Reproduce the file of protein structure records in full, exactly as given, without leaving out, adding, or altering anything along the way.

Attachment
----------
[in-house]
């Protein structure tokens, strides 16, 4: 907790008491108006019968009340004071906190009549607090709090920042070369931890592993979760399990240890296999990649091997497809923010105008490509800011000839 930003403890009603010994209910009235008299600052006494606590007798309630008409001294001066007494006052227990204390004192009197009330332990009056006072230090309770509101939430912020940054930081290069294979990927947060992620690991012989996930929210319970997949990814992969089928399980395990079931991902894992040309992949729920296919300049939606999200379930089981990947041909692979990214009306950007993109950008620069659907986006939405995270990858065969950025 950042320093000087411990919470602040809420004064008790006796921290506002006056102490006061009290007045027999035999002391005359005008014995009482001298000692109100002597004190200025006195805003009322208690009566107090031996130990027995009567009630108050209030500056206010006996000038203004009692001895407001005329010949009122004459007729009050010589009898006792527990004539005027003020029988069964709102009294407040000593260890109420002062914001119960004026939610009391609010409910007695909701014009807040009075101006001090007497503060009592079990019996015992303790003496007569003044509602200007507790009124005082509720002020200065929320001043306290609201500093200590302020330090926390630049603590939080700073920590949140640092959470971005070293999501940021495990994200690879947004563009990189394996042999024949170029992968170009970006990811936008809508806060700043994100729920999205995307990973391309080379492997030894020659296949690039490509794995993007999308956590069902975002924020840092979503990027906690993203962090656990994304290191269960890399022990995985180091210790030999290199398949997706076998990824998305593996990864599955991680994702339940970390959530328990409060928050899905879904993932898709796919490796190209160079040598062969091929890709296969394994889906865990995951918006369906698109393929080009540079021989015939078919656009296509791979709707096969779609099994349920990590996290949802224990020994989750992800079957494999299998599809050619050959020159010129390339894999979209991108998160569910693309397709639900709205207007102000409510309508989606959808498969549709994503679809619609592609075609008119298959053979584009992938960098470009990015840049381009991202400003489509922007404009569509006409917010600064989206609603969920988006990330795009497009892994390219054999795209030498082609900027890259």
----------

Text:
[in-house]
């Protein structure tokens, strides 16, 4: 907790008491108006019968009340004071906190009549607090709090920042070369931890592993979760399990240890296999990649091997497809923010105008490509800011000839 930003403890009603010994209910009235008299600052006494606590007798309630008409001294001066007494006052227990204390004192009197009330332990009056006072230090309770509101939430912020940054930081290069294979990927947060992620690991012989996930929210319970997949990814992969089928399980395990079931991902894992040309992949729920296919300049939606999200379930089981990947041909692979990214009306950007993109950008620069659907986006939405995270990858065969950025 950042320093000087411990919470602040809420004064008790006796921290506002006056102490006061009290007045027999035999002391005359005008014995009482001298000692109100002597004190200025006195805003009322208690009566107090031996130990027995009567009630108050209030500056206010006996000038203004009692001895407001005329010949009122004459007729009050010589009898006792527990004539005027003020029988069964709102009294407040000593260890109420002062914001119960004026939610009391609010409910007695909701014009807040009075101006001090007497503060009592079990019996015992303790003496007569003044509602200007507790009124005082509720002020200065929320001043306290609201500093200590302020330090926390630049603590939080700073920590949140640092959470971005070293999501940021495990994200690879947004563009990189394996042999024949170029992968170009970006990811936008809508806060700043994100729920999205995307990973391309080379492997030894020659296949690039490509794995993007999308956590069902975002924020840092979503990027906690993203962090656990994304290191269960890399022990995985180091210790030999290199398949997706076998990824998305593996990864599955991680994702339940970390959530328990409060928050899905879904993932898709796919490796190209160079040598062969091929890709296969394994889906865990995951918006369906698109393929080009540079021989015939078919656009296509791979709707096969779609099994349920990590996290949802224990020994989750992800079957494999299998599809050619050959020159010129390339894999979209991108998160569910693309397709639900709205207007102000409510309508989606959808498969549709994503679809619609592609075609008119298959053979584009992938960098470009990015840049381009991202400003489509922007404009569509006409917010600064989206609603969920988006990330795009497009892994390219054999795209030498082609900027890259």